Turkcell renews offer to establish joint fiber infrastructure company due to skyrocketing costs
Sefer Levent - LAS VEGASTurkcell has renewed an offer to establish a joint fiber infrastructure company with other operators due to the high cost of acting separately, according to Chief Technology Officer İlker Kuruöz.
“Operators would need to invest a total of $16.5 billion if they decide not to establish a joint fiber infrastructure company. If they act together, this figure would go down to $3.9 billion, so that’s $12.6 billion that won’t go to waste. This amount is equal to one year of the national income of the world’s five poorest countries [Sao Tome and Principe, Sierra Leone, Burundi, Somalia and Swaziland]. If we act together, we could allocate this amount to value added services and R&D activities,” Kuruöz said.
Kuruöz made the comments during a meeting with a group of journalists attending CES 2016 in Las Vegas. Kuruöz emphasized the importance of undertaking a joint investment in fiber given its importance for 4.5G performance.
In September 2015, Turkcell CEO Kaan Terzioğlu called on other operators to establish an infrastructure company and transfer all their fiber networks to the new entity. Vodafone CEO Gökhan Öğüt supported Terzioğlu’s call, but Türk Telekom Group CEO Rami Aslan said those who failed to make investments in the pre-4.5G period should not now be given a free ride, adding that such groups were becoming worried.
Moving together with Vodafone
Turkcell, however, has continued to insist on the issue of establishing a joint fiber infrastructure company.
“We are insistent on the issue that three operators should take a joint action. We don’t want to give up from the start, but we are in contact with Vodafone over fiber in provinces in which we are planning to invest. We have been discussing joint investments. If Turkcell and Vodafone act together, the amount of investment would be still high, totaling $8.5 billion,” Kuruöz said, underlining that providing fiber to every household should be perceived as a national matter, while suggesting that if Türk Telekom rejects the offer, Turkcell could collaborate with Vodafone.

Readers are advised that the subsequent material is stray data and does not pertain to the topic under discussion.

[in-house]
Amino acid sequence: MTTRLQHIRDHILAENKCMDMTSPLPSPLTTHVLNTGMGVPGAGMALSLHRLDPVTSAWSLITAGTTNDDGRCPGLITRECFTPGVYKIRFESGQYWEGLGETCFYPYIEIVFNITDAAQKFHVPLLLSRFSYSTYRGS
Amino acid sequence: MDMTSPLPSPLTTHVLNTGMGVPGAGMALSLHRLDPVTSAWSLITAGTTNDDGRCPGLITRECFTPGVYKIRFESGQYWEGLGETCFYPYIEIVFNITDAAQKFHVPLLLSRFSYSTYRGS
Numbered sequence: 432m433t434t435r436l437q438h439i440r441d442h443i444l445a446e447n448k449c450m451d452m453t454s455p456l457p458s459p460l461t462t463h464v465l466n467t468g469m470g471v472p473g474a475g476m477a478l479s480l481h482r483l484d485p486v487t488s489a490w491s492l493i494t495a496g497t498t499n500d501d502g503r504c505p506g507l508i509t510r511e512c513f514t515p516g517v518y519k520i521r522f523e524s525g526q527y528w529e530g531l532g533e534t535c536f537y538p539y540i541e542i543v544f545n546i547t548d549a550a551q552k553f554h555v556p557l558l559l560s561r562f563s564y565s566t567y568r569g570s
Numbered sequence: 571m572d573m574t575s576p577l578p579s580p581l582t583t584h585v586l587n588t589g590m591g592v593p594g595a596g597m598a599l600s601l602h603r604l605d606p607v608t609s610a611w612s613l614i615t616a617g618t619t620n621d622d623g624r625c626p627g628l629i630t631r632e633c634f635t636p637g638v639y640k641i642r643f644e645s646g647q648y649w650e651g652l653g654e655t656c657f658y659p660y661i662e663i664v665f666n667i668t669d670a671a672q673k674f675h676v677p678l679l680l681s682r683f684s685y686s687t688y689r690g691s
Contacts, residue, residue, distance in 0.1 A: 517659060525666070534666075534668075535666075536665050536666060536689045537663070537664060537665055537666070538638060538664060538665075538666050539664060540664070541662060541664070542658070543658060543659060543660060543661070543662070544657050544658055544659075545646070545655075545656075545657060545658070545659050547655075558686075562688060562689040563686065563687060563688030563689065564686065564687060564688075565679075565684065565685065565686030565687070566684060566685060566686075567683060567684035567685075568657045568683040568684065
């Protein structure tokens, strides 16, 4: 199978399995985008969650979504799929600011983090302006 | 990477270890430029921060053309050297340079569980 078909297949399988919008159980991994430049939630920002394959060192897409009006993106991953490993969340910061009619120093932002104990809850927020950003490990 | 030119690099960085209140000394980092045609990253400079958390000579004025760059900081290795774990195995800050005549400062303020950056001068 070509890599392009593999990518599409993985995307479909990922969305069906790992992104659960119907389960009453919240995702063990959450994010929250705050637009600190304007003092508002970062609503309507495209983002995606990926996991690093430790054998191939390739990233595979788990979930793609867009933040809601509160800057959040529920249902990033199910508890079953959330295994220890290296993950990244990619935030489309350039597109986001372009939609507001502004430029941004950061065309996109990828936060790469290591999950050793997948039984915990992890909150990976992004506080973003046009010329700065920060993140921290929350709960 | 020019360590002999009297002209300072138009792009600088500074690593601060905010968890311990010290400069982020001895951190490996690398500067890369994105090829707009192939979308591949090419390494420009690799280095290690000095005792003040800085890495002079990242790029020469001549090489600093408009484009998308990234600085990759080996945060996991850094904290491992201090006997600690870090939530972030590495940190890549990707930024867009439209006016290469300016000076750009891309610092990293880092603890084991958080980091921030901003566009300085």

Gov’t should take initiative
Stating that the government should take the initiative in fiber to bring “the Internet to every household,” Kuruöz cited the example of Spain. Recently, Spanish communications regulator CNMC ordered Telefonica to share its fiber network with other operators.
“The Spanish government got involved in the issue. It said to Telefonica: Digitalization is a national matter. If the government takes the initiative, then the issue would be solved. If there is no joint investment decision, then the government should facilitate the process of digging for fiber,” Kuruöz said.
Kuruöz said they had met with officials from the Transportation Ministry and the Information and Communication Technologies Authority (BTK) in November 2015 to discuss models around the world, adding that investment in fiber was a must for 4.5G technology, which will be launched on April 1.
Turkcell has reached a total of 2.3 million households with fiber, Kuruöz said, while noting that its ultimate objective was 21 million households.